Copyright law protects the expression of an idea in tangible form. More succinctly, if you express an original idea that can be reproduced, then copyright law protects it. With respect to ownership, the law states that the creator (the author, photographer, videographer etc.) initially owns the copyright. Since Swift created the songs, copyright law says she owns them, unless they were a work for hire, or she agreed in writing to give them to someone else.

Work for Hire

There is an exception to the general rule that an author owns the copyright, that is when it is a work for hire. This occurs when an employee is hired to create a work within the scope of his or her job description. In that situation, the law says the employer owns the work. However, two criteria must be met to be a work for hire:

  1. it must be an employee, not an independent contractor, and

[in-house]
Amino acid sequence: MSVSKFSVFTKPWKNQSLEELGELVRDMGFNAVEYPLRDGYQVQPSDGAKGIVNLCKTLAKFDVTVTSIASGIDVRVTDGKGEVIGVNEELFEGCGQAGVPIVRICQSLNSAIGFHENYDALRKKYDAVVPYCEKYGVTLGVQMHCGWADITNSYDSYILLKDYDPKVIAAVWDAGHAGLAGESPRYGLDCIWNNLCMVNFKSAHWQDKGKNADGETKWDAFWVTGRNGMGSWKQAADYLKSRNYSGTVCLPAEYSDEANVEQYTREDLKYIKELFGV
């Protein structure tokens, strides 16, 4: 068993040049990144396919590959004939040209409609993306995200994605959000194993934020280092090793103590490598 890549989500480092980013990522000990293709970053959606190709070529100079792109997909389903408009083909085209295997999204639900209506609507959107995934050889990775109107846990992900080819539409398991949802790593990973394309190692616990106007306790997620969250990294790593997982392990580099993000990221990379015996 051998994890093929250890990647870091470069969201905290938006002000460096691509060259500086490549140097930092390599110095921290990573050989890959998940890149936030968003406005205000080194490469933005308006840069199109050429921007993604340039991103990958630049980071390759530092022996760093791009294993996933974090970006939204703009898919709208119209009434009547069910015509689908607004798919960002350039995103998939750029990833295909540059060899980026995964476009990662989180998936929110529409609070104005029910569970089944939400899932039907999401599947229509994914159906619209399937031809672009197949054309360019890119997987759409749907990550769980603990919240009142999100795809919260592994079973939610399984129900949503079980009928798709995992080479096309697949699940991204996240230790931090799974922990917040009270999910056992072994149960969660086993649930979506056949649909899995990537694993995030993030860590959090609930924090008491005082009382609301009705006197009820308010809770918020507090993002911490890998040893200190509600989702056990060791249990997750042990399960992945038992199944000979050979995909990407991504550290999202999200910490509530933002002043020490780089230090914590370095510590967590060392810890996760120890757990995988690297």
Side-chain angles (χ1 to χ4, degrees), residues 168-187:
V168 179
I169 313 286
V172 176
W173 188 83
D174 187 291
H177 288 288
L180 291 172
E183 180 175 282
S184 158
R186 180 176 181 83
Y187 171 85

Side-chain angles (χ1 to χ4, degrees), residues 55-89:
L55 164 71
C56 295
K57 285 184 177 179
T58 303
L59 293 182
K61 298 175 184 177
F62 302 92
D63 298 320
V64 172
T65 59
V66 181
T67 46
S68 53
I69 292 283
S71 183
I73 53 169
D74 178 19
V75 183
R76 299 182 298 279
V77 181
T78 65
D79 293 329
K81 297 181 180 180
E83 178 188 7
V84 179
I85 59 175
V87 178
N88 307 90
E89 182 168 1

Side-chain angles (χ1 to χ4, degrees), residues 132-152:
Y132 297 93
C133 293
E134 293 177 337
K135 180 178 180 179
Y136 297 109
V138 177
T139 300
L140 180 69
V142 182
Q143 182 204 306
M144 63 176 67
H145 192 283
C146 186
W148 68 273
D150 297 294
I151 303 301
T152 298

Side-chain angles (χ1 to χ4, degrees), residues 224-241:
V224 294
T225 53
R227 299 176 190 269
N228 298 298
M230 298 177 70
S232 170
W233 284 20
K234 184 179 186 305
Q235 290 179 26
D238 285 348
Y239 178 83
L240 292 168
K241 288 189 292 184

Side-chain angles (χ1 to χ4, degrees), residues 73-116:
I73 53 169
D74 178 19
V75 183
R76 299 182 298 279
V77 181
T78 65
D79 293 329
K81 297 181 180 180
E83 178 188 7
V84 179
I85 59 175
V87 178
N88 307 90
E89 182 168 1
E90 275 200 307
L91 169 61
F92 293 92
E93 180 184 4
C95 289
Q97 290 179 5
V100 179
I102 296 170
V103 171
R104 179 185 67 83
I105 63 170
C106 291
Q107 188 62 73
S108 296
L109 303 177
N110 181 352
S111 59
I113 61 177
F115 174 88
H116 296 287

2. the employee’s creation of the work must be within their scope of employment.

Swift was an independent contractor. She worked on her own and created her songs independent of any employer. So, she is the owner, unless she transfers her rights to another.

Assigning Away Your Rights

Despite being an independent contractor, Swift clearly entered into an agreement and gave her copyrighted songs to Big Machine. This is called an assignment of rights and it’s the way an artist can transfer their rights under copyright law.

Swift didn’t give her rights away for free. Her record label promoted her at great expense, paid her handsomely and took considerable risk. It can cost more than a million dollars to produce a single pop hit. When Swift started, she was not a star; she was a potential star. In the agreement that she and Big Machine signed, it stipulated what each party was going to do and what each party would get. It further likely detailed what Big Machine could do with what they now owned, that being the right to sell to another party, even if it was to Swift’s “worst nightmare.”

Understanding What You Sign

Big Machine was founded by Scott Borchetta, and I’m sure that Swift trusted Borchetta when she signed with him. But you have to remember that people change, circumstances evolve and, well, business is business. According to people familiar with the sale, $300 million was the price for Borchetta to create Swift’s worst nightmare—to have her songs owned by  Scooter Braun.